A Study of Romans (30)
Paul has acknowledged the sinfulness of his carnal (fleshly) nature, and the conflict caused thereby which in turn testifies to the goodness and spirituality of the law of God. Now he treats more closely that carnality, showing specifically the real root of the difficulty and the distinction between that “flesh” and the real self.
Paul simply means that when evil results are accomplished against his good intentions, it becomes clear that the real Paul is not responsible.
Paul proceeds to show now that there is a very real distinction to be made between the real Paul and his desires and intentions, and the fleshly nature that offers antagonism to those inner intentions (and indeed sometimes defeats them).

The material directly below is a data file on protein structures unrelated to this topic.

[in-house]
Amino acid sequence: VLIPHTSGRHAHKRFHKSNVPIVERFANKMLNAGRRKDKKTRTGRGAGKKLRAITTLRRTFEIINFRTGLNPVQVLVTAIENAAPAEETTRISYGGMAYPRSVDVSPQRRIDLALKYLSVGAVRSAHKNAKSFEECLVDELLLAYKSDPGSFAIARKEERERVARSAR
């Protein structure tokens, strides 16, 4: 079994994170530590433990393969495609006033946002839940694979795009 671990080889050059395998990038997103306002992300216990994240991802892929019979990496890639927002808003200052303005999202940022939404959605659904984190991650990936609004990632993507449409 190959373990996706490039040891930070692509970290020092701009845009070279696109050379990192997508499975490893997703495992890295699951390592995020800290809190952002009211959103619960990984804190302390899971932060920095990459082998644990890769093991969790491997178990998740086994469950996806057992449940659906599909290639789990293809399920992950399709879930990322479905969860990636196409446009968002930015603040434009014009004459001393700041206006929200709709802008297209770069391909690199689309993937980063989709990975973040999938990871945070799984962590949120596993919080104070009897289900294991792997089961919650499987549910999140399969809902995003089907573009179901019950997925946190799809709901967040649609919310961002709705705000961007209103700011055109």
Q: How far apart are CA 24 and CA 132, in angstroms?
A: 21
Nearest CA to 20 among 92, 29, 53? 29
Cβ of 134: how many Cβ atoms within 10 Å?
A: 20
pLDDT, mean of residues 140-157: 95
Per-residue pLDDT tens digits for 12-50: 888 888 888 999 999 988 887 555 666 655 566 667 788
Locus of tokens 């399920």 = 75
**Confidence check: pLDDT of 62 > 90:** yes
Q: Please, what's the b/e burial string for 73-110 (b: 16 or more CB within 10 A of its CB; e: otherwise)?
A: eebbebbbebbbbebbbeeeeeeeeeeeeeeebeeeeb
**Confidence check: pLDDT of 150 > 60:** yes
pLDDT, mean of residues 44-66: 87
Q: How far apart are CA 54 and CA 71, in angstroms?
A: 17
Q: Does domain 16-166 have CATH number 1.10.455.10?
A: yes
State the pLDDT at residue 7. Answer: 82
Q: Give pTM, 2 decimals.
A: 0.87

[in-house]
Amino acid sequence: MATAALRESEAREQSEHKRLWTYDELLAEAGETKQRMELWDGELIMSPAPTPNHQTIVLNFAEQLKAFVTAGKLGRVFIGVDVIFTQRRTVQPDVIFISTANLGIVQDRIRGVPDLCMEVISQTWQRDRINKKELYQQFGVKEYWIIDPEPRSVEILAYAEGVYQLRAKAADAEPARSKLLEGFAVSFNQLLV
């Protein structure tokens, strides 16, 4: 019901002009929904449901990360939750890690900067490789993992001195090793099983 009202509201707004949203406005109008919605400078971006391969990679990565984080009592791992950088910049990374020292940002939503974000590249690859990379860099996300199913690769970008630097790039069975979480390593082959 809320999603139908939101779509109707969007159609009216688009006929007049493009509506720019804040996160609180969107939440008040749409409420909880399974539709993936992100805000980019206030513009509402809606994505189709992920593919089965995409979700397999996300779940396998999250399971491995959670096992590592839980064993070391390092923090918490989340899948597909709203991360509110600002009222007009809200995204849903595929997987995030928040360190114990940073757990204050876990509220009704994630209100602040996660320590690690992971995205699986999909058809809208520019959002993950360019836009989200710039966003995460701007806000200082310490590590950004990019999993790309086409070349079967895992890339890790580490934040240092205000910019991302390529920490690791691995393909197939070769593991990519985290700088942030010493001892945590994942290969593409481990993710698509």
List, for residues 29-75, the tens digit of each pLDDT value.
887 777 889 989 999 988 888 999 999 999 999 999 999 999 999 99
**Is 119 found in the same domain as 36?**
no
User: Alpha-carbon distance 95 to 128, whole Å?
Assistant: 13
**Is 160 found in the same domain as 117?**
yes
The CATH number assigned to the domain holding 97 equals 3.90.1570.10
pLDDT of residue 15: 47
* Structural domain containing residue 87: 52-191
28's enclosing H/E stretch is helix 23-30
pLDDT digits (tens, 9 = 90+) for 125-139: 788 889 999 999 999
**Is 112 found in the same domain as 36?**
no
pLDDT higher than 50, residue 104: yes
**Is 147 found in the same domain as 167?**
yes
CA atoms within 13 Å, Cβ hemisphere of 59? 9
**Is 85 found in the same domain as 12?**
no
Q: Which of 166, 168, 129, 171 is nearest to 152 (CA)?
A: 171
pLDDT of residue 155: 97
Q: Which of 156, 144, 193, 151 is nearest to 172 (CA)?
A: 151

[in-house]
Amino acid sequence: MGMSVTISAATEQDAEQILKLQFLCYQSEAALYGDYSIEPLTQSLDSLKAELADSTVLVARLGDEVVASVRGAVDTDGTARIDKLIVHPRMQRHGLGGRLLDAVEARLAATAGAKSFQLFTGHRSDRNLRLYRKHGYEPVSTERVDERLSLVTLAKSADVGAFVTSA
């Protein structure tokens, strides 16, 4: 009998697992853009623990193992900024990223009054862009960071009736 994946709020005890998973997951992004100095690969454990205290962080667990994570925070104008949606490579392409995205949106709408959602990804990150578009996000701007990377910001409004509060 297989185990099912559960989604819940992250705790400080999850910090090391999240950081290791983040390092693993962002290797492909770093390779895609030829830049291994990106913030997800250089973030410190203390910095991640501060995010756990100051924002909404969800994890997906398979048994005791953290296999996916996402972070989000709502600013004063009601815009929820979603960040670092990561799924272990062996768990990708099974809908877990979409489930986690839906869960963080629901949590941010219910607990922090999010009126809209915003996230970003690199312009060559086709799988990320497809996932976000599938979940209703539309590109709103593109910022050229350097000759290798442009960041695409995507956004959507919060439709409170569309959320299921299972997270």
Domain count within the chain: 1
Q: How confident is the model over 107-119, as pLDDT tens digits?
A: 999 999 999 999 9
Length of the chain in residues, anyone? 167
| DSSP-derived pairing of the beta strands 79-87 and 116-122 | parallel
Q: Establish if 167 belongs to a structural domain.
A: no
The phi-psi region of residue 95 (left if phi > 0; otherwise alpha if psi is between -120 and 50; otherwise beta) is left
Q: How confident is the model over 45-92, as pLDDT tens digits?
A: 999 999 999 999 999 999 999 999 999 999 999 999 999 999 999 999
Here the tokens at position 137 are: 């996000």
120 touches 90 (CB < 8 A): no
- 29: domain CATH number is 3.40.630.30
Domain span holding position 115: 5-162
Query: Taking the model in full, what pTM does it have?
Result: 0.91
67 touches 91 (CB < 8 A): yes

Thus Paul has said twice that the real Paul is not responsible, and twice that the sin that dwells in him (that is, in his flesh, verse 18) is responsible. This distinction Paul makes is one of the strongest reasons for taking this passage to describe a Christian’s conflict.
A sinner has no such excuse. But who of us has not experienced that helpless feeling that often results when we have seen our own good intentions frustrated by a failure and inability to produce the kind of results really desired. At such a time the believer’s soul cries out: “That is not the real me!”